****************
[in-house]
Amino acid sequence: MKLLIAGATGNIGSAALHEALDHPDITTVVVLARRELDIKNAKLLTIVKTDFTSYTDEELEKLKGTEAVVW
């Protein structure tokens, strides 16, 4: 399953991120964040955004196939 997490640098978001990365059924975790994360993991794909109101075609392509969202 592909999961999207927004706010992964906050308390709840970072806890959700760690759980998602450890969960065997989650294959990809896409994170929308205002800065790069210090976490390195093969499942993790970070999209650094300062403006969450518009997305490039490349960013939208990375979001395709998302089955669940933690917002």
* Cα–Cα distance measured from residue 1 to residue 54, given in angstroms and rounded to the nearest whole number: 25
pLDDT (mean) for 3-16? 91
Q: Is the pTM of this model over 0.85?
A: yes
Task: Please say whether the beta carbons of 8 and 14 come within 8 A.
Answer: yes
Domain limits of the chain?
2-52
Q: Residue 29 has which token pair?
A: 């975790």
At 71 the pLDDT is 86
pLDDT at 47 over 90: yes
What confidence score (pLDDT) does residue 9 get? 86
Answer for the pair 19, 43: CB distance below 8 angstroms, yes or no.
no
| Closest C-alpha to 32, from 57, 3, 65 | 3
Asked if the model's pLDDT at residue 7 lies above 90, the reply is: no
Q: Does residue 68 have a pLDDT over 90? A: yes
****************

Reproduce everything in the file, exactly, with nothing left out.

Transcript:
[in-house]
Amino acid sequence: MKLLIAGATGNIGSAALHEALDHPDITTVVVLARRELDIKNAKLLTIVKTDFTSYTDEELEKLKGTEAVVW
């Protein structure tokens, strides 16, 4: 399953991120964040955004196939 997490640098978001990365059924975790994360993991794909109101075609392509969202 592909999961999207927004706010992964906050308390709840970072806890959700760690759980998602450890969960065997989650294959990809896409994170929308205002800065790069210090976490390195093969499942993790970070999209650094300062403006969450518009997305490039490349960013939208990375979001395709998302089955669940933690917002």
* Cα–Cα distance measured from residue 1 to residue 54, given in angstroms and rounded to the nearest whole number: 25
pLDDT (mean) for 3-16? 91
Q: Is the pTM of this model over 0.85?
A: yes
Task: Please say whether the beta carbons of 8 and 14 come within 8 A.
Answer: yes
Domain limits of the chain?
2-52
Q: Residue 29 has which token pair?
A: 């975790």
At 71 the pLDDT is 86
pLDDT at 47 over 90: yes
What confidence score (pLDDT) does residue 9 get? 86
Answer for the pair 19, 43: CB distance below 8 angstroms, yes or no.
no
| Closest C-alpha to 32, from 57, 3, 65 | 3
Asked if the model's pLDDT at residue 7 lies above 90, the reply is: no
Q: Does residue 68 have a pLDDT over 90? A: yes